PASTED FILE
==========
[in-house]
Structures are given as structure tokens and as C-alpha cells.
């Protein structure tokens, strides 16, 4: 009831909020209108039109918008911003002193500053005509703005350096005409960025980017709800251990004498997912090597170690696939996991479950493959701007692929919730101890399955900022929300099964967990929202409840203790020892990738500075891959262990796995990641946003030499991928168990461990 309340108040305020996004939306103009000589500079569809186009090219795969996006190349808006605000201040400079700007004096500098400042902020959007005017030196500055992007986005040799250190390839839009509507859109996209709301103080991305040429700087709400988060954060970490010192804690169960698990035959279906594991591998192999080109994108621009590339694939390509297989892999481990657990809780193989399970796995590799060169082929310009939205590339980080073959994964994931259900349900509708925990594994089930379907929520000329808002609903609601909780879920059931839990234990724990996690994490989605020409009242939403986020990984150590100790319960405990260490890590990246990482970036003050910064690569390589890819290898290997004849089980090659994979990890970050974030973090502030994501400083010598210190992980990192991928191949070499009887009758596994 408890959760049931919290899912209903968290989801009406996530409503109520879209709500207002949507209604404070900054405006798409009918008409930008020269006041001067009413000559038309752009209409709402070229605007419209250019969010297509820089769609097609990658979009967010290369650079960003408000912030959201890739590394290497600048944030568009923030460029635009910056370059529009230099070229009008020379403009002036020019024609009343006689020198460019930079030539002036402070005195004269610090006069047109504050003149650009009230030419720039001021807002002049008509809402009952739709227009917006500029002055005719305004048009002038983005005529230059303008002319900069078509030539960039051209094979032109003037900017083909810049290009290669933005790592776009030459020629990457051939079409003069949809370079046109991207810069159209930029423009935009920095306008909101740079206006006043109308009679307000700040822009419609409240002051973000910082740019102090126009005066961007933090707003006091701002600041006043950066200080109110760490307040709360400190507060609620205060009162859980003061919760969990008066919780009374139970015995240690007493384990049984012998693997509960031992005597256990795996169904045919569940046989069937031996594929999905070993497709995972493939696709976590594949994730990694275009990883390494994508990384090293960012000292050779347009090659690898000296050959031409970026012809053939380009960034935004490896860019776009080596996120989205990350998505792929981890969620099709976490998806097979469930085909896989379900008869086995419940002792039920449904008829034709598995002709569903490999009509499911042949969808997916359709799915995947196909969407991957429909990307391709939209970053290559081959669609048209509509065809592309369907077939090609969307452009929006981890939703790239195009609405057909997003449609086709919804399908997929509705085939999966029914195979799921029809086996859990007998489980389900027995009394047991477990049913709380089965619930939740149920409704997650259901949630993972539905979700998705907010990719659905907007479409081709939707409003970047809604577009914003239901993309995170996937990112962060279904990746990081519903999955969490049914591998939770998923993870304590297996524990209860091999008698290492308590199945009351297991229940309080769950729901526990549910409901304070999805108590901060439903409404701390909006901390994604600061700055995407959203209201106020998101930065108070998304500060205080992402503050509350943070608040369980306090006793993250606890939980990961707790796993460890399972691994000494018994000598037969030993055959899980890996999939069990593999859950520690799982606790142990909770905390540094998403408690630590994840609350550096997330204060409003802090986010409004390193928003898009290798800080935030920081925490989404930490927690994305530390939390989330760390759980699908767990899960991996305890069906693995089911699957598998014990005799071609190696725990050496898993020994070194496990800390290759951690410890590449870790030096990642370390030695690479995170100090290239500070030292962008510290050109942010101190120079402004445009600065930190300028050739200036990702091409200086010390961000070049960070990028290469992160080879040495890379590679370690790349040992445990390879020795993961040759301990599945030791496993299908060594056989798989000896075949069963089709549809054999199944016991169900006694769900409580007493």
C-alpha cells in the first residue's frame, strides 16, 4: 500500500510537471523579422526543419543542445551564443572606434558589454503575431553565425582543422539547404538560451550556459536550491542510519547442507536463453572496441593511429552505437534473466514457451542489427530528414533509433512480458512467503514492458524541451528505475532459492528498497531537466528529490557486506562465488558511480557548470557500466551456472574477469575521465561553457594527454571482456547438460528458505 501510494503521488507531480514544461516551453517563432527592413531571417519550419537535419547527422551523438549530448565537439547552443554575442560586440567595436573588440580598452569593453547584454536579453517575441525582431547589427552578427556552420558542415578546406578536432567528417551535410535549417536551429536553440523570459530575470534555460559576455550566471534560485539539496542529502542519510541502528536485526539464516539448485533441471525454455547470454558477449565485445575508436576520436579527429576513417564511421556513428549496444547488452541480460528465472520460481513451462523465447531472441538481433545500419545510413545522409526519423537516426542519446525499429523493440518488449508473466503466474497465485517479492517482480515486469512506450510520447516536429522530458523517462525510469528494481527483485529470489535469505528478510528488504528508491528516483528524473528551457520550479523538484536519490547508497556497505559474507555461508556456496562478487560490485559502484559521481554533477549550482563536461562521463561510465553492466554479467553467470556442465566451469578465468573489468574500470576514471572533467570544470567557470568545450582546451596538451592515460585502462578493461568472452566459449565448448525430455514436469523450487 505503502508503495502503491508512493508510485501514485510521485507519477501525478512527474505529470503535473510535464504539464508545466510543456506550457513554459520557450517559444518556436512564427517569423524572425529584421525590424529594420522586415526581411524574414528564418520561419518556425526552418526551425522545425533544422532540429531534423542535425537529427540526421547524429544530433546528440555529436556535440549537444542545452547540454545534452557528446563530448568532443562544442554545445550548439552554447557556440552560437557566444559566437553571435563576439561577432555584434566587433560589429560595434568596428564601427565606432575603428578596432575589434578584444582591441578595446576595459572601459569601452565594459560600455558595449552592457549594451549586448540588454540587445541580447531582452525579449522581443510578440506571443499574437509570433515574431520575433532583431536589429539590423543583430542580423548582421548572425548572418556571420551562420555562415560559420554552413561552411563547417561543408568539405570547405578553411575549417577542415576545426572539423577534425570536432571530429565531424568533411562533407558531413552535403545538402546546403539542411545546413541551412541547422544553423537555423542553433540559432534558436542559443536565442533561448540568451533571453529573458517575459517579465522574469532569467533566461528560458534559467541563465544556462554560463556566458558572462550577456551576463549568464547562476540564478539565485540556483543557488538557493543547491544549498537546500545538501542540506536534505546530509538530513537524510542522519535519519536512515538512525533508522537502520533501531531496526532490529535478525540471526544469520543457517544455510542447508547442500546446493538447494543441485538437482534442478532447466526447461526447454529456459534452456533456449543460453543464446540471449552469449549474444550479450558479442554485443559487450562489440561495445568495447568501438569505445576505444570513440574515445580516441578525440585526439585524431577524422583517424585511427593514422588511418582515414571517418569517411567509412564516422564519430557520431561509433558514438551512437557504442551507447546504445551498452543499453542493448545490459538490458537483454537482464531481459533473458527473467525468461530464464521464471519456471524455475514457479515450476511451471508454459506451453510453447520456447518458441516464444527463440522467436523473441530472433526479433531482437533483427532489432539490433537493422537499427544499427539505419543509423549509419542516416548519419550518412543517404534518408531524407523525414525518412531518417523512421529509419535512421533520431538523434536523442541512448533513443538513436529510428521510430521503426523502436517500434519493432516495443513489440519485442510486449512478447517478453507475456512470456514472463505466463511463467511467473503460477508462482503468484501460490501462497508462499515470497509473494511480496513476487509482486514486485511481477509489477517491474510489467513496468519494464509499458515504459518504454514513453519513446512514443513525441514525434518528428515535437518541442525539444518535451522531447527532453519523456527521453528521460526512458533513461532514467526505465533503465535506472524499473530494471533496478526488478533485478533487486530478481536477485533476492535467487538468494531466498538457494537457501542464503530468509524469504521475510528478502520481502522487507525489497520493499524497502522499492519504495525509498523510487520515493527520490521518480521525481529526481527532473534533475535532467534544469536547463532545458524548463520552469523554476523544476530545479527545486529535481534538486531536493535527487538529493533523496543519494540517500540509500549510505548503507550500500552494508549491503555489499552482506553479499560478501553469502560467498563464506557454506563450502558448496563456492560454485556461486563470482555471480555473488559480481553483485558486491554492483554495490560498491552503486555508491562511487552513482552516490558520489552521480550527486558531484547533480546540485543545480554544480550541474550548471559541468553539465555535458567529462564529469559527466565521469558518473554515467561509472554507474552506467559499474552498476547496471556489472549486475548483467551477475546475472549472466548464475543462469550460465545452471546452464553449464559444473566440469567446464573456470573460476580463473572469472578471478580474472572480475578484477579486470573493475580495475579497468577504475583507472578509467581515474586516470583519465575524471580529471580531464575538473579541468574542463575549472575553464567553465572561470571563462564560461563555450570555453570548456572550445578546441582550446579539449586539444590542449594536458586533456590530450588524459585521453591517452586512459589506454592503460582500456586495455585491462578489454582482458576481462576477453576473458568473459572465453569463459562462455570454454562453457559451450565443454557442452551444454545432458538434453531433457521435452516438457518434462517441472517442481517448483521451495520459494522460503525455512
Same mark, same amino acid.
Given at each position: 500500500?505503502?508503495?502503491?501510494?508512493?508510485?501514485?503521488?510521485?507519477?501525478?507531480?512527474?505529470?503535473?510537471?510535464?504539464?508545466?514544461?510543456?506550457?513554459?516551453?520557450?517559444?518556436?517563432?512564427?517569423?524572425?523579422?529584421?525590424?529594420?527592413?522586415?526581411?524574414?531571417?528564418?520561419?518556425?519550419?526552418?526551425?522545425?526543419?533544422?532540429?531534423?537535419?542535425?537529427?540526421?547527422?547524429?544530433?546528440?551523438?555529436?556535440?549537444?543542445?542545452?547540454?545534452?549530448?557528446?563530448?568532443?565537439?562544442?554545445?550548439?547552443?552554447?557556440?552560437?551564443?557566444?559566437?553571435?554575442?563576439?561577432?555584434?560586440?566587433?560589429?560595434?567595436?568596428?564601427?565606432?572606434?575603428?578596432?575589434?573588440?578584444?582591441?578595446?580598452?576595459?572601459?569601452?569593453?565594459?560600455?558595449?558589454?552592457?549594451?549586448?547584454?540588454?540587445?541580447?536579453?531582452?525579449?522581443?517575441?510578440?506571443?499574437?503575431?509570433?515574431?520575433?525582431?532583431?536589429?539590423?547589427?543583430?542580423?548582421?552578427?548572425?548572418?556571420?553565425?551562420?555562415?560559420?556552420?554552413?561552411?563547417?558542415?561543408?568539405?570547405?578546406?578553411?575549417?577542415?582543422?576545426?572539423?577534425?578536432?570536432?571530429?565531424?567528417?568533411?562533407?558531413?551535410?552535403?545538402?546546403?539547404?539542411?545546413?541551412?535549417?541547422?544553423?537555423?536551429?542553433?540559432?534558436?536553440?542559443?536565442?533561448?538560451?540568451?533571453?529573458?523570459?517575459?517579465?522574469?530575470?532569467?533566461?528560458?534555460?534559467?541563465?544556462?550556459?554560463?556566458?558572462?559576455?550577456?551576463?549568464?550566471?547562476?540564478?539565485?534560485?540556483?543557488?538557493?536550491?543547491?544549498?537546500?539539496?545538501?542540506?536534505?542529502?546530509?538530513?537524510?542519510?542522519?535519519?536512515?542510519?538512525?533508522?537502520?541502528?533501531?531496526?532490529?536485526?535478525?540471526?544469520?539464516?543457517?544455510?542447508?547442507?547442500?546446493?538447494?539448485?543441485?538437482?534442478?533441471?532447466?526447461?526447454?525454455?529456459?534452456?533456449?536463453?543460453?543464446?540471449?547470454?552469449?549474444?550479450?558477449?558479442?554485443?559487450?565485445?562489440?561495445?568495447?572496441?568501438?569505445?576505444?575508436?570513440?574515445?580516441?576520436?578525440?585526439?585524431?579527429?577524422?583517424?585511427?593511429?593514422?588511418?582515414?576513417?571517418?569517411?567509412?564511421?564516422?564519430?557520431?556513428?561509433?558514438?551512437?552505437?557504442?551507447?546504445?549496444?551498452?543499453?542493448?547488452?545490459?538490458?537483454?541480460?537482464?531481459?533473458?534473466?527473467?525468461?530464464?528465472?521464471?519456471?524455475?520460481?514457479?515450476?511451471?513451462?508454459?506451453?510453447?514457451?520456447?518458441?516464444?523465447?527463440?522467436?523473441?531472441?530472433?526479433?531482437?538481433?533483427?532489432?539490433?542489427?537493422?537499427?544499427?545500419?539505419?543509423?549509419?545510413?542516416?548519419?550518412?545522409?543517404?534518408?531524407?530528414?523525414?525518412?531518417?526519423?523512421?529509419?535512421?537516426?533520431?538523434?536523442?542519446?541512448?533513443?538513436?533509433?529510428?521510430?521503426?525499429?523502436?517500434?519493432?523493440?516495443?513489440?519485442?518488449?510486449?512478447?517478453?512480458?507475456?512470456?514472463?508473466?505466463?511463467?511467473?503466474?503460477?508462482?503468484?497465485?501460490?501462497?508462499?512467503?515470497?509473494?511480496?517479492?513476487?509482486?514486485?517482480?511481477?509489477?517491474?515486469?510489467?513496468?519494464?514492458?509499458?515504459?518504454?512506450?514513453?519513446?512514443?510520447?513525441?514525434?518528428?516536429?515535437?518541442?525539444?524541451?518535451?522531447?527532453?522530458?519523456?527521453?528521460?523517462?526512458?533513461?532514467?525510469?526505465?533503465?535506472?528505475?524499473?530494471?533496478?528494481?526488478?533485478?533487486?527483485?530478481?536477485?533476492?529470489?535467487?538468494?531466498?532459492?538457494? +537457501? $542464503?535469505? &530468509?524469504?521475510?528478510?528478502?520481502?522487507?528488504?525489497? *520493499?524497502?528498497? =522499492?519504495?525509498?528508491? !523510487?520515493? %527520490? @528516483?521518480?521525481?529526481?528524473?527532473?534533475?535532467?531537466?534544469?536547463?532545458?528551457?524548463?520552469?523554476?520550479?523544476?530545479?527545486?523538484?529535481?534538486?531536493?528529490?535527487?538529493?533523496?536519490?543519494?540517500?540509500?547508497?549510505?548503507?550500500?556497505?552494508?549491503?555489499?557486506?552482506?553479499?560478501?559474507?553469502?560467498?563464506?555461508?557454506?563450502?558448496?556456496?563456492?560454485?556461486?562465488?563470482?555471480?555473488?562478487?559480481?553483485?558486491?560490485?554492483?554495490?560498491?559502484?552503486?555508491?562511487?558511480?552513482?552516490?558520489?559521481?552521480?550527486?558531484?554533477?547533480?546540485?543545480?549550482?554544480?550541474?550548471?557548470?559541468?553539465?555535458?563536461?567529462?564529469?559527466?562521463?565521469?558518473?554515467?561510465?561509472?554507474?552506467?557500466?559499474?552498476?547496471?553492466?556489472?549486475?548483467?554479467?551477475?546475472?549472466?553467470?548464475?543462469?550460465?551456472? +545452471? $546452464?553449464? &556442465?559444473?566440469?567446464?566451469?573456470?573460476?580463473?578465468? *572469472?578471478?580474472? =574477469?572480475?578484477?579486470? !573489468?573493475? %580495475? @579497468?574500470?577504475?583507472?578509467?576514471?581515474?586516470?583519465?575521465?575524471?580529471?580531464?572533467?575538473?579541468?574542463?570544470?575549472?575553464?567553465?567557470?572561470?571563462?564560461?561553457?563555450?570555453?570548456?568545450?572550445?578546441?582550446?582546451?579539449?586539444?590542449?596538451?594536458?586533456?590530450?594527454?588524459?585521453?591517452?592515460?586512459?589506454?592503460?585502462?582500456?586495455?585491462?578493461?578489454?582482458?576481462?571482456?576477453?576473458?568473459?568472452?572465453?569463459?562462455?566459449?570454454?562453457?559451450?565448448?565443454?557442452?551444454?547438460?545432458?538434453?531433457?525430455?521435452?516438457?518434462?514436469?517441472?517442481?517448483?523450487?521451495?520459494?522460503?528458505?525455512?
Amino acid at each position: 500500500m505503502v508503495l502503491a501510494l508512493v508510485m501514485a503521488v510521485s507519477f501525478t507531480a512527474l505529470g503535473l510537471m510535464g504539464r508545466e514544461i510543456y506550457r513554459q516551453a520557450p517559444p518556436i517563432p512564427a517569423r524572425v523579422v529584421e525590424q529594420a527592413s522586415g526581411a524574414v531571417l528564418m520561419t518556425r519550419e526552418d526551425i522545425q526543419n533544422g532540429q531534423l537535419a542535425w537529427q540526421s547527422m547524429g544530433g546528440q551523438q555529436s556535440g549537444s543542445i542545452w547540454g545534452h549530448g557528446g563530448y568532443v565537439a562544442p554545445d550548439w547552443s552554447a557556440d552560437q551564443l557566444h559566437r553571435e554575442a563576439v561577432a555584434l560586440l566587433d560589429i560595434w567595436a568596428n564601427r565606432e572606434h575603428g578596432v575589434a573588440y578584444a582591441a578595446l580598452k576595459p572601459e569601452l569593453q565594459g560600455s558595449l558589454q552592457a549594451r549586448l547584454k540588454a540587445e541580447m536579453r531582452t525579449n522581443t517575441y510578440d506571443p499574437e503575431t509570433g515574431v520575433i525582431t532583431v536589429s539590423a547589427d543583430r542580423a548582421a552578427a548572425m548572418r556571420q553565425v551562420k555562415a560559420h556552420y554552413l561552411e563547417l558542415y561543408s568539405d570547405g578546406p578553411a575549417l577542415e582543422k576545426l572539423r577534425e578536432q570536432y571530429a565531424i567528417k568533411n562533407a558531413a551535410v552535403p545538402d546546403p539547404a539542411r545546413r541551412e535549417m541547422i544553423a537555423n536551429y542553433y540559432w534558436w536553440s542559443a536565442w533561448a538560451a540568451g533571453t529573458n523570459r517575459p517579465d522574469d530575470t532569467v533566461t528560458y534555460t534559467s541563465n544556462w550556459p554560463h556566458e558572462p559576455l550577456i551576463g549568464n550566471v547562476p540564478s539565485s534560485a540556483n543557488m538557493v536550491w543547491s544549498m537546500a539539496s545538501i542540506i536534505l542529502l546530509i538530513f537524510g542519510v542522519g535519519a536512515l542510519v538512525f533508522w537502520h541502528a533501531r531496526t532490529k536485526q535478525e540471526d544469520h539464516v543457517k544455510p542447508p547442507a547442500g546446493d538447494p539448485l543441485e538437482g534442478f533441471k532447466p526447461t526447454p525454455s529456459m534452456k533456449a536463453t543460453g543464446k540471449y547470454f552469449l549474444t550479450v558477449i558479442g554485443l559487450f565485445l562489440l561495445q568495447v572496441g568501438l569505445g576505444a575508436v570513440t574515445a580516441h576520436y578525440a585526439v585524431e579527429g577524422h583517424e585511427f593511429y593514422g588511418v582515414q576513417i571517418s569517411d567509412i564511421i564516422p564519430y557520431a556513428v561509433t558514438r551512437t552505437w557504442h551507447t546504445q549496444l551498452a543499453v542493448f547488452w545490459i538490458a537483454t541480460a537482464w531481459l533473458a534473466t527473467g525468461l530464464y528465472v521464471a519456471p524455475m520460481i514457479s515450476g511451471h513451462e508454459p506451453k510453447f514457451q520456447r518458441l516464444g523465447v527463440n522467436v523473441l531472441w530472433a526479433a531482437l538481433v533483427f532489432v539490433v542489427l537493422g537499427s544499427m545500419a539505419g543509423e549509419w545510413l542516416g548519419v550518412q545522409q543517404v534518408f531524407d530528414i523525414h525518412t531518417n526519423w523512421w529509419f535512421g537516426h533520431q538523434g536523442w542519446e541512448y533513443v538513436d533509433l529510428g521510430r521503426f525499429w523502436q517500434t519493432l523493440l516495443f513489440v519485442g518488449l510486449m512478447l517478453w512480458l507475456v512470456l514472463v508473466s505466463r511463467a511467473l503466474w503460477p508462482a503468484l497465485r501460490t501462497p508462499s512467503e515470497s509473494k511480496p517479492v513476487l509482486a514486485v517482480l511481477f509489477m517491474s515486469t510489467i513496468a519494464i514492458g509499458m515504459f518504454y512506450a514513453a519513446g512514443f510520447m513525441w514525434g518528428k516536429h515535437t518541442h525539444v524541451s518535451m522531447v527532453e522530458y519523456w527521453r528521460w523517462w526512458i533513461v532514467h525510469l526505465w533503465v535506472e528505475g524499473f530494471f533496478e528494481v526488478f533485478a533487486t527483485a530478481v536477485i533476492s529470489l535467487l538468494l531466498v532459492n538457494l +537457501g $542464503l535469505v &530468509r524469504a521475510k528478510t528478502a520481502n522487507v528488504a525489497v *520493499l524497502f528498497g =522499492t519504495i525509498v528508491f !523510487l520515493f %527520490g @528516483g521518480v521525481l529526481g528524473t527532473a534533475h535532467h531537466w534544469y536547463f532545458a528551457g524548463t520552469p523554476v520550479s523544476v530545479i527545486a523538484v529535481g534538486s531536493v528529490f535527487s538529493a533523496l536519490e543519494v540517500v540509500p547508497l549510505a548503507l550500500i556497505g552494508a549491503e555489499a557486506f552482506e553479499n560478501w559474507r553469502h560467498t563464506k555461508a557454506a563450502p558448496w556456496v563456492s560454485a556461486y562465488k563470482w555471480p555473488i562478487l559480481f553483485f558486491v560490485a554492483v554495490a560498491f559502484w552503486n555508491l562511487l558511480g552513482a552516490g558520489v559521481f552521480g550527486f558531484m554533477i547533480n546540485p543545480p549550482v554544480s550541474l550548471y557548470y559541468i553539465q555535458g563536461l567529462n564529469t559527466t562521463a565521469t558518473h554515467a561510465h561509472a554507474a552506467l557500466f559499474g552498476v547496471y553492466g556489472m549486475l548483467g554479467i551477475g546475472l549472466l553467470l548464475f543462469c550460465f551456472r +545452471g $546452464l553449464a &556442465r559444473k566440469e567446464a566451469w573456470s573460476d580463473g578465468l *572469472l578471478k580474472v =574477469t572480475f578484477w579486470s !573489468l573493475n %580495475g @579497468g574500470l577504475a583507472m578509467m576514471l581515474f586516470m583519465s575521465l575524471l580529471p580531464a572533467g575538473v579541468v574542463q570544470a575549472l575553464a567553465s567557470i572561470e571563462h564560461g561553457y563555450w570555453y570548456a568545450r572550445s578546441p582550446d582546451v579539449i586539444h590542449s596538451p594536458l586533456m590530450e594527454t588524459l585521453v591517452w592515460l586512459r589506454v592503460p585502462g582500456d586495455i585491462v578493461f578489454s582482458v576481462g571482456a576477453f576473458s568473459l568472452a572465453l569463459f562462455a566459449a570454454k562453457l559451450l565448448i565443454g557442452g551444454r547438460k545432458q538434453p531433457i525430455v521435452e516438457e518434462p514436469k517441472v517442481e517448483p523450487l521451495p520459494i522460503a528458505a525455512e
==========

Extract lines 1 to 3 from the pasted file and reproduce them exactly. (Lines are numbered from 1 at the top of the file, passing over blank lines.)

[in-house]
Structures are given as structure tokens and as C-alpha cells.
């Protein structure tokens, strides 16, 4: 009831909020209108039109918008911003002193500053005509703005350096005409960025980017709800251990004498997912090597170690696939996991479950493959701007692929919730101890399955900022929300099964967990929202409840203790020892990738500075891959262990796995990641946003030499991928168990461990 309340108040305020996004939306103009000589500079569809186009090219795969996006190349808006605000201040400079700007004096500098400042902020959007005017030196500055992007986005040799250190390839839009509507859109996209709301103080991305040429700087709400988060954060970490010192804690169960698990035959279906594991591998192999080109994108621009590339694939390509297989892999481990657990809780193989399970796995590799060169082929310009939205590339980080073959994964994931259900349900509708925990594994089930379907929520000329808002609903609601909780879920059931839990234990724990996690994490989605020409009242939403986020990984150590100790319960405990260490890590990246990482970036003050910064690569390589890819290898290997004849089980090659994979990890970050974030973090502030994501400083010598210190992980990192991928191949070499009887009758596994 408890959760049931919290899912209903968290989801009406996530409503109520879209709500207002949507209604404070900054405006798409009918008409930008020269006041001067009413000559038309752009209409709402070229605007419209250019969010297509820089769609097609990658979009967010290369650079960003408000912030959201890739590394290497600048944030568009923030460029635009910056370059529009230099070229009008020379403009002036020019024609009343006689020198460019930079030539002036402070005195004269610090006069047109504050003149650009009230030419720039001021807002002049008509809402009952739709227009917006500029002055005719305004048009002038983005005529230059303008002319900069078509030539960039051209094979032109003037900017083909810049290009290669933005790592776009030459020629990457051939079409003069949809370079046109991207810069159209930029423009935009920095306008909101740079206006006043109308009679307000700040822009419609409240002051973000910082740019102090126009005066961007933090707003006091701002600041006043950066200080109110760490307040709360400190507060609620205060009162859980003061919760969990008066919780009374139970015995240690007493384990049984012998693997509960031992005597256990795996169904045919569940046989069937031996594929999905070993497709995972493939696709976590594949994730990694275009990883390494994508990384090293960012000292050779347009090659690898000296050959031409970026012809053939380009960034935004490896860019776009080596996120989205990350998505792929981890969620099709976490998806097979469930085909896989379900008869086995419940002792039920449904008829034709598995002709569903490999009509499911042949969808997916359709799915995947196909969407991957429909990307391709939209970053290559081959669609048209509509065809592309369907077939090609969307452009929006981890939703790239195009609405057909997003449609086709919804399908997929509705085939999966029914195979799921029809086996859990007998489980389900027995009394047991477990049913709380089965619930939740149920409704997650259901949630993972539905979700998705907010990719659905907007479409081709939707409003970047809604577009914003239901993309995170996937990112962060279904990746990081519903999955969490049914591998939770998923993870304590297996524990209860091999008698290492308590199945009351297991229940309080769950729901526990549910409901304070999805108590901060439903409404701390909006901390994604600061700055995407959203209201106020998101930065108070998304500060205080992402503050509350943070608040369980306090006793993250606890939980990961707790796993460890399972691994000494018994000598037969030993055959899980890996999939069990593999859950520690799982606790142990909770905390540094998403408690630590994840609350550096997330204060409003802090986010409004390193928003898009290798800080935030920081925490989404930490927690994305530390939390989330760390759980699908767990899960991996305890069906693995089911699957598998014990005799071609190696725990050496898993020994070194496990800390290759951690410890590449870790030096990642370390030695690479995170100090290239500070030292962008510290050109942010101190120079402004445009600065930190300028050739200036990702091409200086010390961000070049960070990028290469992160080879040495890379590679370690790349040992445990390879020795993961040759301990599945030791496993299908060594056989798989000896075949069963089709549809054999199944016991169900006694769900409580007493």